Almost too easy.

Teaching can be a challenge. But then life hands you an event that banishes questions about the “relevance” of multiple texts you’re teaching, all at once. Come for the Frankenstein, stay for the Half-Earth, Our Malady, and Nineteen Eighty-four. (With a side of Mrs. Dallowaywhat IS that thing in the sky everyone’s looking at? And what is the word it’s trying to spell?)

Overweening ambition, check. Inattention to consequences, check. Euphemism torn between tragedy and farce: check. Sycophantic cheers (?!) to overlord: check. This is almost too easy.

Sometimes even Twitter gets it right:

(Here’s the reference for those who, unlike me, were not 12 years old in 1986, listening to that song in Mama’s Buick on the way to Miss Shirley’s beauty parlor, where a little color TV on a metal cart had been hauled out into the center of the room and everyone was watching a white puffy spiral of smoke, spinning and spinning. The Challenger explosion. Christa McAuliffe, the first teacher in space, died that day. I still remember her name. I still remember the silence in that room as kids and mamas and ladies gathered round, aghast. The cheery little salon with its mirrors and hairspray cans and pink plastic bibs. The white spiral of smoke. The silence.)

Glad I wasn’t the only one freaked out by the SpaceXers cheering:

But wait a second. What’s that goal again?

“To make life multi-planetary?” Kind of like “rapid unscheduled disassembly,” what exactly does that mean?

“To make life multi-planetary?” Whose life, what life, are we talking about? (Hard to imagine Elon imagining any life beyond human life.) If human and nonhuman life: why? Given the vast amount of chaos humans are wreaking here on earth, the chaos that at least in theory is at least being mostly contained by the limits of our life-supporting biosphere, the chaos drying up the Colorado River right now: why? Why is “making life multi-planetary” something worth doing? Why is “transcending human limitation” inherently, or automatically, something to desire – especially since it usually means also “transcending” human responsibility? “Multi-planetary:” what does that mean? Replicated on or across multiple planets, surfaces, dimensions? Containing aspects of other systems and lives within one larger system, like “multi-cultural?” Planting an outpost in multiple places to extract and synthesize their resources, like “multi-national” [corporations?] Able to jet-set like global consumer Elon himself, hopping from earth to the moon to Mars? Mirroring your own face and your own consumer desire (and its byproducts of pollution and waste) in every star? Once life becomes “multi-planetary,” what happens then? Maybe this is the only question we need: when we live on a breath-takingly, heart-stoppingly, magnificently complex planet in a more-than-human world we are destroying by the day, why put all that money and matter and fuel into ferrying billionaire narcissists – with who knows what unintended consequences – to the moon? Is there not enough need, here? Enough beauty and wonder, here? Enough good still to do, here?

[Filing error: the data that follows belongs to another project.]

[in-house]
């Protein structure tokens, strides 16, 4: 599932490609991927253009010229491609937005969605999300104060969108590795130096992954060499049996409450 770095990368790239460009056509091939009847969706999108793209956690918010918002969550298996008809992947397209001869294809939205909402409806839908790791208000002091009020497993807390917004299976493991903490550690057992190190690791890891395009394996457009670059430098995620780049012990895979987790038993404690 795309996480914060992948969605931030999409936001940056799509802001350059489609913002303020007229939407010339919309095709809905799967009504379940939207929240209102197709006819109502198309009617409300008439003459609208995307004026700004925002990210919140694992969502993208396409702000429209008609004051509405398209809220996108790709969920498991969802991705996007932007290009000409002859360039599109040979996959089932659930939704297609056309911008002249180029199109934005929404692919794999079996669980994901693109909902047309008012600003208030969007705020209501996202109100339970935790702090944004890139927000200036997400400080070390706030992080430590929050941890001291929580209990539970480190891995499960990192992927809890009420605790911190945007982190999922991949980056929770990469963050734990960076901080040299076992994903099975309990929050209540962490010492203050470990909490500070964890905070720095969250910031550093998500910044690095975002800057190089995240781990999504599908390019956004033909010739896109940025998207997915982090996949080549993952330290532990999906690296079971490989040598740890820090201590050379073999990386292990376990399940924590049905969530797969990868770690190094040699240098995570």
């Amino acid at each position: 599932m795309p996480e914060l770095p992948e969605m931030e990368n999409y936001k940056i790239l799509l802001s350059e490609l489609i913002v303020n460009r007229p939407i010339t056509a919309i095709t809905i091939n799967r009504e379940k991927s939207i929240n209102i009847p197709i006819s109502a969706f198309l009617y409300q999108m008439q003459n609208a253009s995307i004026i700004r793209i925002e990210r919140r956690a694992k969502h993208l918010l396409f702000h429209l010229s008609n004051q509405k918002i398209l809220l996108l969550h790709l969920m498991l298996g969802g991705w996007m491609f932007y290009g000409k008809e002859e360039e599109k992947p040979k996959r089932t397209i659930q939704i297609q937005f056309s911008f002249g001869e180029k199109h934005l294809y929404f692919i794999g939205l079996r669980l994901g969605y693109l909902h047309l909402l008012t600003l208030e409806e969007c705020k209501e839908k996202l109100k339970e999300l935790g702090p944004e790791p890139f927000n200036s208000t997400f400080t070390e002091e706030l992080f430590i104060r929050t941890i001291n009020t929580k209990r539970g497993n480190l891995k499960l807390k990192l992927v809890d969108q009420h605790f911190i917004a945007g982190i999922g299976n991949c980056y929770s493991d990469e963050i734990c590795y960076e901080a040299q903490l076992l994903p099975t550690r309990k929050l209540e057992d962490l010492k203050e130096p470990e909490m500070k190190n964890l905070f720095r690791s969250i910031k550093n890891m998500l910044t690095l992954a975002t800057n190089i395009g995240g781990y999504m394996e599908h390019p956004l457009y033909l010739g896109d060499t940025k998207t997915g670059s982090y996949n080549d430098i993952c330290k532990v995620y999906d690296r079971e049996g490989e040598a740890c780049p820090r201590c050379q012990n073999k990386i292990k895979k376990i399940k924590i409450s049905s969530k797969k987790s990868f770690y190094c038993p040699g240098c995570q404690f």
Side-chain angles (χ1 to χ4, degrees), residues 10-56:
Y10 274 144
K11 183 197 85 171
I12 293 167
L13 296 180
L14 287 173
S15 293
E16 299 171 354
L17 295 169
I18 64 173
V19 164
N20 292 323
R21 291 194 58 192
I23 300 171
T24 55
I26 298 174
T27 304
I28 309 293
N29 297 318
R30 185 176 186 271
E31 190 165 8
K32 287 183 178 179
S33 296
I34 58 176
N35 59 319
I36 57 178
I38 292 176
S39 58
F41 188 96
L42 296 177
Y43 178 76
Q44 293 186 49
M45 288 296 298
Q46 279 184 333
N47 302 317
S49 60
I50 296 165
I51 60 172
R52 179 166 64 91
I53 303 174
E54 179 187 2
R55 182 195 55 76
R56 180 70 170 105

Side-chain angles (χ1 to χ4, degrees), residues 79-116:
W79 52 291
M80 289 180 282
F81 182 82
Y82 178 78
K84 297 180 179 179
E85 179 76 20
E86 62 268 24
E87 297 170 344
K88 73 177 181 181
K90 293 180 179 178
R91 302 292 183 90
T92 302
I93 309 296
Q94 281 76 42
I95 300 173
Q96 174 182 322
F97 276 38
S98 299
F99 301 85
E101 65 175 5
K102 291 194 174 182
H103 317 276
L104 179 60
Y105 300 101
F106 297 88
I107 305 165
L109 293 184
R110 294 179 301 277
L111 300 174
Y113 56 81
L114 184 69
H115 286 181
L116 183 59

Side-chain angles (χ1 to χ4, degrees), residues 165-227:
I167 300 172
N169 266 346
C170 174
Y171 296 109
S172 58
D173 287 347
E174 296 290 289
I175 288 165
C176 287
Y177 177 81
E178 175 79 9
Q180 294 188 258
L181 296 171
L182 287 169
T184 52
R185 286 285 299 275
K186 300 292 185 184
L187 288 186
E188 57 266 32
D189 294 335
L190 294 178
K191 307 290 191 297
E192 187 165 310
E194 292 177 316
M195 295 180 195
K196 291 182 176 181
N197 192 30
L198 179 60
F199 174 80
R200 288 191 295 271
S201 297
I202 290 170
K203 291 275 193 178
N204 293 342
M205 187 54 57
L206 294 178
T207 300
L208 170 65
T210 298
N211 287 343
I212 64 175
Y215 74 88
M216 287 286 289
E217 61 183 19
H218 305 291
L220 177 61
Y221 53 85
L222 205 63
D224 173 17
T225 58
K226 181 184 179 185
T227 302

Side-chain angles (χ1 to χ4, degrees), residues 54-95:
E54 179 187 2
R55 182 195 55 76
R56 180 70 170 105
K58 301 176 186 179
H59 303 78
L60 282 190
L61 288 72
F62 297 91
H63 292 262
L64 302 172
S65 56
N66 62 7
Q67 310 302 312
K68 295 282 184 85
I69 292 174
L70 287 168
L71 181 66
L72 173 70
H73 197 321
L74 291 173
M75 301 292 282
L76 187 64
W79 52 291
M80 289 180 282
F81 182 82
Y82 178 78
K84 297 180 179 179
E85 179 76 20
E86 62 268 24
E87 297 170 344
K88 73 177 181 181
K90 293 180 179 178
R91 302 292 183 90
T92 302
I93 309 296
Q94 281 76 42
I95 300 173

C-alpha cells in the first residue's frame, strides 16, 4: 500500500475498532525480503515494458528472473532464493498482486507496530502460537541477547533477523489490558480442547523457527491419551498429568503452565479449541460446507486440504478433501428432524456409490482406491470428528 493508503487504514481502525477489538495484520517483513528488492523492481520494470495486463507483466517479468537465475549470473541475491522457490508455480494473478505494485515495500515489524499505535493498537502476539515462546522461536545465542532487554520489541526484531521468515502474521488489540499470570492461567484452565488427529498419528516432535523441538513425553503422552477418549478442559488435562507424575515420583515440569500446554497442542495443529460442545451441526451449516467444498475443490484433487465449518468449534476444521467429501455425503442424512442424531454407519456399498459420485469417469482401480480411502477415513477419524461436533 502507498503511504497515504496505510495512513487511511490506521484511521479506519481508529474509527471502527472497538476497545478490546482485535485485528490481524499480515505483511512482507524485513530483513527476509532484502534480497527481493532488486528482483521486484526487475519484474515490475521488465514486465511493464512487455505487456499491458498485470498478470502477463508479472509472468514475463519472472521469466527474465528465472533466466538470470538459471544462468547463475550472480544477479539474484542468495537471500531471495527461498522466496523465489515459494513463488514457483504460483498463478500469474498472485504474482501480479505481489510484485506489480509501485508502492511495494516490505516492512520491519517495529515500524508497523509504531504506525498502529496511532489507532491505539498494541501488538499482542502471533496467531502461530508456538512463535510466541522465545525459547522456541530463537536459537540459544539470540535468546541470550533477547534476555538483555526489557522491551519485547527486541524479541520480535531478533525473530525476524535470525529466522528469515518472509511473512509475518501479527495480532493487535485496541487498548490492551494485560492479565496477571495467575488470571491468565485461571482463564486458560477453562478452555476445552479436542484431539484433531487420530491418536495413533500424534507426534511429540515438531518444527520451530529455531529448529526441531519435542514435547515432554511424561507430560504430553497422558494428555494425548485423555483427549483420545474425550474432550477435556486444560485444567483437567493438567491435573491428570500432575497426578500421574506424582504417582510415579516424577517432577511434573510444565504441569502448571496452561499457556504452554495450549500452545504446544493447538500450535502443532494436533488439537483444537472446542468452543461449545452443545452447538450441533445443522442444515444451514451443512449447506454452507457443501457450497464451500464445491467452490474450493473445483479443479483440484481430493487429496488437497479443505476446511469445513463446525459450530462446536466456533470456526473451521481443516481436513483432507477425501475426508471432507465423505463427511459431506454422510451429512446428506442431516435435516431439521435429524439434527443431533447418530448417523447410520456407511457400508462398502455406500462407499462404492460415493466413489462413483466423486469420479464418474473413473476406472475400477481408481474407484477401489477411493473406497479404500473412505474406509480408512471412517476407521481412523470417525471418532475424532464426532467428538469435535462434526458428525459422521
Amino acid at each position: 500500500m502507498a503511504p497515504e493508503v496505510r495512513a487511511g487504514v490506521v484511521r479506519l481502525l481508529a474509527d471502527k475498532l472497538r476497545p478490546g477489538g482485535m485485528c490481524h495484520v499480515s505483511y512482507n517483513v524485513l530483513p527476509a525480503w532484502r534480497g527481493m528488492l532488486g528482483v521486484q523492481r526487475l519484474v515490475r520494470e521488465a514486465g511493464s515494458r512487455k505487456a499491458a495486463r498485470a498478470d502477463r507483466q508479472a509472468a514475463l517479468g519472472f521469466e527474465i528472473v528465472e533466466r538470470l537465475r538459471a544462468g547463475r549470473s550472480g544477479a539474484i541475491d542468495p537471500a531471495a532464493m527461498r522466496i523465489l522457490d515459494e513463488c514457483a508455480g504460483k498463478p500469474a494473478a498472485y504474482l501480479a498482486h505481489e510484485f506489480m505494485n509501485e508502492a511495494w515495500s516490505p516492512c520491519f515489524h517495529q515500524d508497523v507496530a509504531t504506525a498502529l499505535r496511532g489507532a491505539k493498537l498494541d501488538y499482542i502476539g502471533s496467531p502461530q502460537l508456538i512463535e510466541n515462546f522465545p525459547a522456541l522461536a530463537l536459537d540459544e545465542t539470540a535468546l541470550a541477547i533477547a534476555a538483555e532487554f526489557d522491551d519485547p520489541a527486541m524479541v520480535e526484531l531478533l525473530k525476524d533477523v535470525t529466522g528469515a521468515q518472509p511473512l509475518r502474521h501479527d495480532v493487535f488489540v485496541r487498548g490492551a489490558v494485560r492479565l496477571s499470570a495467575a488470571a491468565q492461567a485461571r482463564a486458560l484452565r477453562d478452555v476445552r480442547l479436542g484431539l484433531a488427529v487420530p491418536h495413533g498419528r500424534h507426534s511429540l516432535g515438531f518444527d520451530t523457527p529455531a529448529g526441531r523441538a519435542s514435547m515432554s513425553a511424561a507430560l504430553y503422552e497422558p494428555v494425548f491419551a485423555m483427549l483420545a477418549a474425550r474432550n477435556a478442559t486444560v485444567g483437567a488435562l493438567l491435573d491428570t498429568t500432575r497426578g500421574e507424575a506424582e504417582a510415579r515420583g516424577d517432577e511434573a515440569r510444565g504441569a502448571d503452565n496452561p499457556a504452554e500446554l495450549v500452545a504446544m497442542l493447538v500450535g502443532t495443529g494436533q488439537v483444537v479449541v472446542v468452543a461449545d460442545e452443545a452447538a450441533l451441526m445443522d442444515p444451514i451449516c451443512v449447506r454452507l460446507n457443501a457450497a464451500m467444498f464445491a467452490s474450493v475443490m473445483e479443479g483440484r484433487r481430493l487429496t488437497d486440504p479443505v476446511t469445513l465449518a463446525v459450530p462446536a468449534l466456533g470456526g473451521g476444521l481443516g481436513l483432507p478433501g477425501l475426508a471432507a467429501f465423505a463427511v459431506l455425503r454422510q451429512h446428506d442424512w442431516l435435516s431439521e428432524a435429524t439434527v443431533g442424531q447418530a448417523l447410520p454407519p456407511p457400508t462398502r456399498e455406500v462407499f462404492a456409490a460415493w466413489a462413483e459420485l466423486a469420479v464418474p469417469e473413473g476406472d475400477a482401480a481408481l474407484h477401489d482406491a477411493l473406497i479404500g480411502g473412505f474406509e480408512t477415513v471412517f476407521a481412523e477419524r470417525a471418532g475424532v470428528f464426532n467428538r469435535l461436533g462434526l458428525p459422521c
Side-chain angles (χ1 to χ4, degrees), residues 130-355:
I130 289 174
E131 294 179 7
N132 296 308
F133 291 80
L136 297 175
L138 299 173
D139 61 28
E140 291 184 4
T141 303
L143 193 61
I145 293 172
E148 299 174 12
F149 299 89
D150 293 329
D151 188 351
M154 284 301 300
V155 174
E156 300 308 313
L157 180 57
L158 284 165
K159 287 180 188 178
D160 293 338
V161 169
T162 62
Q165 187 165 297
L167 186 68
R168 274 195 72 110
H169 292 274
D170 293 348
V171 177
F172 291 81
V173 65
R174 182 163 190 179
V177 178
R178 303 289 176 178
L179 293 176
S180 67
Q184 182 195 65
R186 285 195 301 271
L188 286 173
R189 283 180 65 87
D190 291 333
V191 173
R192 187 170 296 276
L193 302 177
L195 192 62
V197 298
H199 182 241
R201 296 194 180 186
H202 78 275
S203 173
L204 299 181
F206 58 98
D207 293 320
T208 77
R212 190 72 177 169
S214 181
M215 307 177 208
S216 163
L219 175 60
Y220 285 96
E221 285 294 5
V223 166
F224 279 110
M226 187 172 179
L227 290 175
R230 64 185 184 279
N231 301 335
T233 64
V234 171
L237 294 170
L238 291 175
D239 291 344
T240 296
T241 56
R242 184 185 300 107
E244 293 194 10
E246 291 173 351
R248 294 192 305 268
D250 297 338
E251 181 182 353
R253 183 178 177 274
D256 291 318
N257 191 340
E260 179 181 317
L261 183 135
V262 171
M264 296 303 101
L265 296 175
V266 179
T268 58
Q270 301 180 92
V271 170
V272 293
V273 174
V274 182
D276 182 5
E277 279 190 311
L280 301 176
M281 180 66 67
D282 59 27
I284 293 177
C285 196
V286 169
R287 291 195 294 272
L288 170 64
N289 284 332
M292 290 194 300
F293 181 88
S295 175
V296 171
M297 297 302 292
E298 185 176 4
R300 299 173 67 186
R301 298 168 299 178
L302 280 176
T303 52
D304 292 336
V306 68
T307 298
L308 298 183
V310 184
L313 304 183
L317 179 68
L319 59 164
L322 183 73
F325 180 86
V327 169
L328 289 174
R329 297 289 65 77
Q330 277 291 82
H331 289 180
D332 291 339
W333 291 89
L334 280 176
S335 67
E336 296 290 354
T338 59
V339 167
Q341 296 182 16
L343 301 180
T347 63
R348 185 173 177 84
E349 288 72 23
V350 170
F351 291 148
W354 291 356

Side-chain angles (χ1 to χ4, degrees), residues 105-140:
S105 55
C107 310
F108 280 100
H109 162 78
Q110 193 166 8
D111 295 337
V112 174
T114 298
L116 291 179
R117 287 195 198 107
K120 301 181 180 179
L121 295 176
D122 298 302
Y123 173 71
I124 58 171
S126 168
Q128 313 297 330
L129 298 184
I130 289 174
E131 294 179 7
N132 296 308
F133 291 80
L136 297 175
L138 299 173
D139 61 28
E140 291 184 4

In every class I am teaching right now, every day, I find myself walking with students into a knot of questions that only lead to more questions when you pull the string. I am trying not to overwhelm students, but it’s hard. They are exhausted. In part by their fear that they are living in an exhausted world, netted with systems that are binding and limiting their opportunities and range of motion before they have even had a chance to open their eyes and look around. “I feel like corporations have stripped all the copper wire out of the house,” says my former student Ben, “and my generation is just trying to turn on the lights.”

Having exhausted what had to have been a big supply of labor, energy, fuel, rare minerals, and raw materials, and created only an explosion (yielding more pollution and debris), what is the mindless tech-forwardness of the twenty-first century actually building? A millions-of-dollars-fireworks show. A spectacle. What good is it? In every sense of that word?

Oh, deadly human illusion: there is and will always be an elsewhere more worthy of attention, energy, and love than this place with these people, right here.